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New York City Councilman Joe Borelli Wants To Save Teddy Roosevelt’s Statue

After protests, the statue of Theodore Roosevelt is getting some political support.


In the wake of public protest against a statue of Theodore Roosevelt that has stood before the entrance of the American Museum of Natural History for 80 years, New York City Councilman Joe Borelli is taking a stand for liberty. Borelli has informed The Federalist in an exclusive that he plans to introduce legislation that would put the fate of New York City’s more than 800 landmarks up for a referendum before they are removed.

The museum and the city recently decided that the equestrian statue of the 26th president should be removed over vague claims of racism regarding an American Indian and armed African who flank the statue. It is absurd nonsense and finally an elected official has taken a stand to say so.

“We collectively own things as public art,” Borell says, “and if our opinions change over time over what we value in common space, it should be the full public that decides, rather than politicians caving to the woke mob. I’m prepared to lose some votes, but it must be done democratically.”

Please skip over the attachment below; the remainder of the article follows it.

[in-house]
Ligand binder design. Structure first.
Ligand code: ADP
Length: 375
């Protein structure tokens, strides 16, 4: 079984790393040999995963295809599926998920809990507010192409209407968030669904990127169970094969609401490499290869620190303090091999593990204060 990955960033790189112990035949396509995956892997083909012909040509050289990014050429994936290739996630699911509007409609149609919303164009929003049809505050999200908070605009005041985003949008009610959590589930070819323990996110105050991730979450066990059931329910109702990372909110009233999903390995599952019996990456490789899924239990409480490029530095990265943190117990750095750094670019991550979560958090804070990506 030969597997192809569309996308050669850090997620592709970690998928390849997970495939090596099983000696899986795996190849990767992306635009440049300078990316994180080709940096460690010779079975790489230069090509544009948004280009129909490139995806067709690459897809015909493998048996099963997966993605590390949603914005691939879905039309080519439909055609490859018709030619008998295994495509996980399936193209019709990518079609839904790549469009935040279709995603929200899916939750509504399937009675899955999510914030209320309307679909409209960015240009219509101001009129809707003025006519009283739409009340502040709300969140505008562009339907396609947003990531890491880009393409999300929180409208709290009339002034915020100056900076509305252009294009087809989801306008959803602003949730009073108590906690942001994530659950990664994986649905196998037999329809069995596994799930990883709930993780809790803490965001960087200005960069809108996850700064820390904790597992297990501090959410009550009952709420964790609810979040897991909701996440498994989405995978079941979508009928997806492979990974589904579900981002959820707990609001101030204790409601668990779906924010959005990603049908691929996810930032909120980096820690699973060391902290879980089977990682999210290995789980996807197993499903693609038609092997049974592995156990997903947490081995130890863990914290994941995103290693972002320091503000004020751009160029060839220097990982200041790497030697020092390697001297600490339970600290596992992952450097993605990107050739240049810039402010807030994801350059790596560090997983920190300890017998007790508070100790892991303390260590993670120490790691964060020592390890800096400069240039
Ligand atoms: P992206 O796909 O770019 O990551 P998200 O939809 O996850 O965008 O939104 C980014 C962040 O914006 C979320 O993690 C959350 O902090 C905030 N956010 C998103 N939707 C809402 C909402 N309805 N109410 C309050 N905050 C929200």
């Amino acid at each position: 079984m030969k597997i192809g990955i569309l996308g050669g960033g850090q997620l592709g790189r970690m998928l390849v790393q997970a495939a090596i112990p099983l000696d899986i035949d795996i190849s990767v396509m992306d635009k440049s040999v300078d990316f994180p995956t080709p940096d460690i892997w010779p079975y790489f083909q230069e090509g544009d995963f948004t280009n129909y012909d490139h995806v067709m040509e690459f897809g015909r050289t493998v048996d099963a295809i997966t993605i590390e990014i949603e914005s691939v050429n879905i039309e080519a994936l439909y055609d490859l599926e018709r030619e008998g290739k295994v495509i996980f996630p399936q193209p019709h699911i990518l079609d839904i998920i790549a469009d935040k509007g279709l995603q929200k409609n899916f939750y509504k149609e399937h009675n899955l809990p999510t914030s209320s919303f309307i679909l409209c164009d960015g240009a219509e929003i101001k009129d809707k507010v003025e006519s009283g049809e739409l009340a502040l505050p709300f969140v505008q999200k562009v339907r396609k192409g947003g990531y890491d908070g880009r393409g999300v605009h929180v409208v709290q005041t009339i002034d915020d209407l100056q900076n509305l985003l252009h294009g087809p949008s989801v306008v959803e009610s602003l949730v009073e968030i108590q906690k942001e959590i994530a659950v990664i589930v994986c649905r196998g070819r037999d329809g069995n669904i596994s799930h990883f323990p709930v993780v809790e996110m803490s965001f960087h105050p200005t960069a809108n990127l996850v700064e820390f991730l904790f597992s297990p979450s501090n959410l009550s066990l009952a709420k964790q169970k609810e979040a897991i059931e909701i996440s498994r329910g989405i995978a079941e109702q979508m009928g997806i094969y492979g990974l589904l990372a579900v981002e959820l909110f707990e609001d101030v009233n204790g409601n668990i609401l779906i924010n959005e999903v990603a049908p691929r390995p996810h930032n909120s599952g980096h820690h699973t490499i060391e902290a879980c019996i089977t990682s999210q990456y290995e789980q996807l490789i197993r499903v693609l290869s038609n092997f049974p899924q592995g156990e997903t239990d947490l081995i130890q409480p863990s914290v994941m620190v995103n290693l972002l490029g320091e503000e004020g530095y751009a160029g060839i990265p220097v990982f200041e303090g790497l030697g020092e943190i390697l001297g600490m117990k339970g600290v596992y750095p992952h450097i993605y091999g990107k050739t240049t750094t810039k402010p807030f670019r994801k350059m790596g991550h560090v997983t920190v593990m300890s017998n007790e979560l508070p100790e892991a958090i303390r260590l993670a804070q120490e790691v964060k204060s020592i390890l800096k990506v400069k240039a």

Borelli’s bill would put in the hands of voters the fate of statues such as that of Theodore Roosevelt, which stands before the museum he supported. This is a big win. This is a call to let the people decide what represents us. This weekend, many New Yorkers came out to support the statue of Roosevelt. It was called a lost cause. But not so fast. Borelli was listening. Hopefully more are.

The fate of statues in our great cities should lie with the voters. I’m confident Teddy Roosevelt would win again, as he did so often when up for election. Borelli’s call for referendums is an obvious appeal to democracy we should all get behind. We do not need unelected art councils tearing down monuments. In fact, we don’t need anyone tearing down monuments.

In the meantime, Roosevelt’s statue deserves a vote. Will Mayor Bill de Blasio and the Democrats on the city council let the voters have that say? We can only hope so. If not, we have plunged farther into an Orwellian dystopia than we had previously imagined. Let us pray that is not so.